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“Build Back Better Plan”: Significant Tax Reform on the Horizon – Is Proactive Estate Planning Right For You?

November 3, 2021

On October 28, 2021, the House Ways and Means Committee issued a revamped proposal in furtherance of President Biden’s “Build Back Better Agenda.” The proposed legislation (the “Revised Proposal”) has been the subject of intensive negotiations since September 13, 2021, when the original proposal (“Original Proposal”) was advanced, and will still likely result in significant modifications prior to becoming law. 

While the Original Proposal pointed to massive tax reform which would impact estate planning for millions of Americans, the Revised Proposal excludes those changes. Nevertheless, because changes could still be made as Congress wrangles the final legislative text, Cullen and Dykman feels it important that our clients are aware of the originally proposed changes and how those changes would impact the federal estate and gift tax exemption and grantor trusts.

Estate Tax Basic Exclusion Amount

The current 2021 gift and estate tax exclusion is $11,700,000. The Original Proposal would have terminated the temporary increase in the basic exclusion amount, returning that amount to $5,000,000, indexed for inflation. Under the Original Proposal, the basic exclusion amount starting on January 1, 2022 would be $6,030,000, and would likely apply to estates of decedents dying and gifts made after December 31, 2021. Again, this part of the Original Proposal was excluded from the Revised Proposal, but should be considered nonetheless.

Grantor Trusts

Currently, when a deemed owner of a grantor trust dies, the assets of that grantor trust are generally not included in the deemed owner’s estate for federal estate tax purposes, meaning that the trust is not subject to federal estate tax on the grantor’s death. The Original Proposal would have altered the use of grantor trusts in three major ways: (1) by requiring that assets in a grantor trust be included in the gross estate of the deceased deemed owner, with a credit adjustment to account for the use of the gift tax exemption when the gift to the trust was made; (2) by treating any distributions (other than to the deemed owner or spouse) during the life of the deemed owner and the termination of grantor trust status during the life of the deemed owner as completed gifts, triggering gift tax, subject to two limited exceptions; and (3) subjecting asset sales to the grantor trust by the deemed owner to federal income tax in the same manner as if the deemed owner sold assets to a third party. Currently, grantors can sell appreciated assets to the grantor trust without recognizing taxable gain. Again, this part of the Original Proposal was not included in the Revised Proposal, but should not be overlooked considering that the legislation is not yet final.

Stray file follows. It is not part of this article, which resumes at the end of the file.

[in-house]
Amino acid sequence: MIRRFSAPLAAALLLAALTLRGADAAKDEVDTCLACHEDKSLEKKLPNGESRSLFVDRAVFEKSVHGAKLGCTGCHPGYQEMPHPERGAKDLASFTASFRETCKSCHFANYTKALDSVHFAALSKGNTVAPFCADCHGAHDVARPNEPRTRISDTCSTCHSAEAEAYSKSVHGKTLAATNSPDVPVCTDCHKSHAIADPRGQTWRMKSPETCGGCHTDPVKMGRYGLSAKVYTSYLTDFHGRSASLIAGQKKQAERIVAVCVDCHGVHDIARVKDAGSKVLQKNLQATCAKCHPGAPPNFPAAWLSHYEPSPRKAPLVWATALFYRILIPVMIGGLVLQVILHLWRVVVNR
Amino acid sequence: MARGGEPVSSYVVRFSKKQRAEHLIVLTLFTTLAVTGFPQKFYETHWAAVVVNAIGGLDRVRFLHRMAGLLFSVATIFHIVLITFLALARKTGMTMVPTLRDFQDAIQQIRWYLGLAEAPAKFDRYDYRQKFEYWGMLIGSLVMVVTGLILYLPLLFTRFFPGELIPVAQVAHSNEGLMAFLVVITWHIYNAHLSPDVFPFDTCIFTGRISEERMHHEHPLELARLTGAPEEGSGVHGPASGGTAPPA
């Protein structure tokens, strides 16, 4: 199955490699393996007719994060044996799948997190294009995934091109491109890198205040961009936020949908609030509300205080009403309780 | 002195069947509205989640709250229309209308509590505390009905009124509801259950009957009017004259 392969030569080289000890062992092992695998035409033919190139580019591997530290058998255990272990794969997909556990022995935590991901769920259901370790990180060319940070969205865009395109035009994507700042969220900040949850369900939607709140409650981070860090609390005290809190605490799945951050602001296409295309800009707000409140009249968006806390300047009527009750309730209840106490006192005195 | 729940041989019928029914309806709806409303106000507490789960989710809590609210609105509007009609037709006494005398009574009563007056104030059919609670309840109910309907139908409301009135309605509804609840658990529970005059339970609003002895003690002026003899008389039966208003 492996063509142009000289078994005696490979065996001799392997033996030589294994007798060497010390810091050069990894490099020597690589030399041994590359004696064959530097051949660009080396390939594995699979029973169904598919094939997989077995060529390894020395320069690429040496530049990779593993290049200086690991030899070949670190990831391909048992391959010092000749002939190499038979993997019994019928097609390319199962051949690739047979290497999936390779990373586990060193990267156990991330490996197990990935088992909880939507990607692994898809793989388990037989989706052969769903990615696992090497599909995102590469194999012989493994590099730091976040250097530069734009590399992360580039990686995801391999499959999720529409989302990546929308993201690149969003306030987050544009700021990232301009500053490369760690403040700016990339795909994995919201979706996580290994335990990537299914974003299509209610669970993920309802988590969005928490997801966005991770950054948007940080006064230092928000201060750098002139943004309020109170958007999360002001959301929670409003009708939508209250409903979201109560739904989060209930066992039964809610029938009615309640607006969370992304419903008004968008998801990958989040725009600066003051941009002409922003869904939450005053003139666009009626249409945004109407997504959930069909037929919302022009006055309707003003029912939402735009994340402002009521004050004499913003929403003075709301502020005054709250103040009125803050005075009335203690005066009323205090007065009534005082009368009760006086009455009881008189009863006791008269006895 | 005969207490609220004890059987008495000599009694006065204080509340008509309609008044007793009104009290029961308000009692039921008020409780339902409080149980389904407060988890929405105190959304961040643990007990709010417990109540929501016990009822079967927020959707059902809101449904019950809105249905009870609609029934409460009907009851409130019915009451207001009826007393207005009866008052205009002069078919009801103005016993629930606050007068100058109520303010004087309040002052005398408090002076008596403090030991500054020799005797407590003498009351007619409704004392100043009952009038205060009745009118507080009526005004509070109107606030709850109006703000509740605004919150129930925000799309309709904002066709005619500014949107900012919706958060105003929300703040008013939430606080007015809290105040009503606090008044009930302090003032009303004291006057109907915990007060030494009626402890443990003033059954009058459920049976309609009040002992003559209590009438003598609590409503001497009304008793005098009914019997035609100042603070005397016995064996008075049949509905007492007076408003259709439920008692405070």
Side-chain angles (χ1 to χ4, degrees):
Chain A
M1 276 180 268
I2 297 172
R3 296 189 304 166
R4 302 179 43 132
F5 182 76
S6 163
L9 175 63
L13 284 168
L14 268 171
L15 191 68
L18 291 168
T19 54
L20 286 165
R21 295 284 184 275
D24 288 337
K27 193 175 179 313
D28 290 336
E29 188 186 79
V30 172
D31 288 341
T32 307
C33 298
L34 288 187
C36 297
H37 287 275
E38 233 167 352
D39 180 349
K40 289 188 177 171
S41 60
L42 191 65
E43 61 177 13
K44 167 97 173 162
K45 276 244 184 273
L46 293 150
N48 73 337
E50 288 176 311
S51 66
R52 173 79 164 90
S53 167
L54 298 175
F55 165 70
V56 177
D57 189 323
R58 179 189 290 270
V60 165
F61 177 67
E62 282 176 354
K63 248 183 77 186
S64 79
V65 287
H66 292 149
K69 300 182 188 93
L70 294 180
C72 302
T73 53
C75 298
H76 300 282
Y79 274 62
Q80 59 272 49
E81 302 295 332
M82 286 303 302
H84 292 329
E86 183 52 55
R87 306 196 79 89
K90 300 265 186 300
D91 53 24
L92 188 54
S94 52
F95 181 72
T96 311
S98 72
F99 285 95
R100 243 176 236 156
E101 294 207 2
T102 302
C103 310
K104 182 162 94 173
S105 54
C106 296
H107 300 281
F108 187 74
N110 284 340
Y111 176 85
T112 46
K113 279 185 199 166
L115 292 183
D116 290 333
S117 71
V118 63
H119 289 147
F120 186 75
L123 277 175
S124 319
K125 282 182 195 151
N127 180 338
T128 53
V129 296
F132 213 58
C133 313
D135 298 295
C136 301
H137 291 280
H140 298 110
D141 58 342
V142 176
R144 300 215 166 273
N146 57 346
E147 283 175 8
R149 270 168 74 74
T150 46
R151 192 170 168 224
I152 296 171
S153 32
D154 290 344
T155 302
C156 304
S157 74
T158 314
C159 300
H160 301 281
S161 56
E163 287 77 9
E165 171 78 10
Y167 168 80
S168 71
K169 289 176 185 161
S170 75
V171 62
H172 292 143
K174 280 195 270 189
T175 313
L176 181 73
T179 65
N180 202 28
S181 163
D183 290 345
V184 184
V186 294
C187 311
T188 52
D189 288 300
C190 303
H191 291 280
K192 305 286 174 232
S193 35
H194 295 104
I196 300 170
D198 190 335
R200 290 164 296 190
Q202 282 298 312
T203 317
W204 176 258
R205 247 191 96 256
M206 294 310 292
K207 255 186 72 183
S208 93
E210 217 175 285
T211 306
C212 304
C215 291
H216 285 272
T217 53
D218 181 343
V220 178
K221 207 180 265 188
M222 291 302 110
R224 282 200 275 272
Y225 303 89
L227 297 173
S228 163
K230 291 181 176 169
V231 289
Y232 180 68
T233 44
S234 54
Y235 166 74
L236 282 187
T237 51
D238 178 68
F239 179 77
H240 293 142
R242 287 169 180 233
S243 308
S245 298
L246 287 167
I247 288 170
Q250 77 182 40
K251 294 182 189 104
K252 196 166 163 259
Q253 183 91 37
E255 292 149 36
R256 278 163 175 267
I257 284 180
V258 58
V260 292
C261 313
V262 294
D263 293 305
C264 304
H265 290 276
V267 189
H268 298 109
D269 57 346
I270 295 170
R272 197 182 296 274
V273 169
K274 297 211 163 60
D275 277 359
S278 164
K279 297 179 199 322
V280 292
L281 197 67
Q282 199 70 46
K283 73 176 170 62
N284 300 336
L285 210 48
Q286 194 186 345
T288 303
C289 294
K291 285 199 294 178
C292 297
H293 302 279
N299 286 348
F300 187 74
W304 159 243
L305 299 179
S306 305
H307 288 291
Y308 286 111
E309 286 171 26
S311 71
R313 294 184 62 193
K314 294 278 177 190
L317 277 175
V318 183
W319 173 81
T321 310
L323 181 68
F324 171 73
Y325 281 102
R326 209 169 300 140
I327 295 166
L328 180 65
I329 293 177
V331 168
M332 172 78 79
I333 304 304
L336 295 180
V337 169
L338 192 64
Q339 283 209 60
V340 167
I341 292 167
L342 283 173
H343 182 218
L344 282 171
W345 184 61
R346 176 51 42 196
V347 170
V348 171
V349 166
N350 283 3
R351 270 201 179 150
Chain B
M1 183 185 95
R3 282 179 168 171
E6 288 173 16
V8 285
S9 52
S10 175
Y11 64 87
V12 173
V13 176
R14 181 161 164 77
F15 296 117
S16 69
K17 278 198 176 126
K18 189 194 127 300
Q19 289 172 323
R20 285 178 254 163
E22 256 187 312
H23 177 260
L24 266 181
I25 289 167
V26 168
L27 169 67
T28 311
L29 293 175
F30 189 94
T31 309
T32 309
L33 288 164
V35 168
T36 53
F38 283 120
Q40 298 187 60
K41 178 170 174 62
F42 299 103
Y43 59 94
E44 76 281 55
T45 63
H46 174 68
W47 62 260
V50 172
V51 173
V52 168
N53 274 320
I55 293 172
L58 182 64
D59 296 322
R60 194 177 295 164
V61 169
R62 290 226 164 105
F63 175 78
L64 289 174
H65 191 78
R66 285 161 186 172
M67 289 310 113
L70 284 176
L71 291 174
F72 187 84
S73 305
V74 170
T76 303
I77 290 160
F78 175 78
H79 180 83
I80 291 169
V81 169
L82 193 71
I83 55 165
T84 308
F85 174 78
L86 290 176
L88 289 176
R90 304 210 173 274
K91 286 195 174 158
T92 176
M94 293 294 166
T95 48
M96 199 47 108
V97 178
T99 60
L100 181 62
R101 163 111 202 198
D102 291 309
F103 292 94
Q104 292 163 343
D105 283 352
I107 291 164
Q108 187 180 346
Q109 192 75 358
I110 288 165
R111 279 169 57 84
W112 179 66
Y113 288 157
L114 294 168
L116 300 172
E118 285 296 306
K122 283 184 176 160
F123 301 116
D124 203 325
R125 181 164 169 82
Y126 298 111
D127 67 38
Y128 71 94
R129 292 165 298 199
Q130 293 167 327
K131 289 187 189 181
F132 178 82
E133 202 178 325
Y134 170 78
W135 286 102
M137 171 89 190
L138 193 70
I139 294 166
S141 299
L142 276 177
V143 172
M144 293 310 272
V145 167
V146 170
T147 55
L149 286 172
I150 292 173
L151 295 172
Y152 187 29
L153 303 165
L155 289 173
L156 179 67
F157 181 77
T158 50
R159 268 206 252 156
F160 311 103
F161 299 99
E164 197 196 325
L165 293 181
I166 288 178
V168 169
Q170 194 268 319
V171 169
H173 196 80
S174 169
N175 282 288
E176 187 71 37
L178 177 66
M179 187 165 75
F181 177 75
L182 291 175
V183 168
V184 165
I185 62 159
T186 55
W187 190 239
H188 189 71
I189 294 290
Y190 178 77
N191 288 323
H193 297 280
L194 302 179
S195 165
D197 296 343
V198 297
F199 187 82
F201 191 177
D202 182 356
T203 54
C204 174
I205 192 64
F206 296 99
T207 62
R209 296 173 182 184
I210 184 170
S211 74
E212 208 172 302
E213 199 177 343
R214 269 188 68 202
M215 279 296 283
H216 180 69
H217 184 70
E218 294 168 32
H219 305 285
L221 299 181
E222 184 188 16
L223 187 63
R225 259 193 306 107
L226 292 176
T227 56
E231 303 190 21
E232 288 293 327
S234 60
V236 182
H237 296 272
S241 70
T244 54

Although the Revised Proposal advanced on October 28, 2021 excludes the aforesaid changes to estate and gift taxes and grantor trusts, the legislation is not yet final and revisions are likely to be made. 

Cullen and Dykman LLP is committed to assisting our clients with their estate planning questions and concerns and we can help evaluate whether proactive planning is right for you. Please do not hesitate to contact our readily available Estate Planning team:

Andrew P. Nitkewicz at (516) 357-3895 or via email at

Sarah B. Rebosa at (516) 357-3877 or via email at

Paul N. Ambrose. Jr. at (201) 488-1300 or via email at

Please note that this is a general overview of developments in the law and does not constitute legal advice. Nothing herein creates an attorney-client relationship between the sender and recipient.

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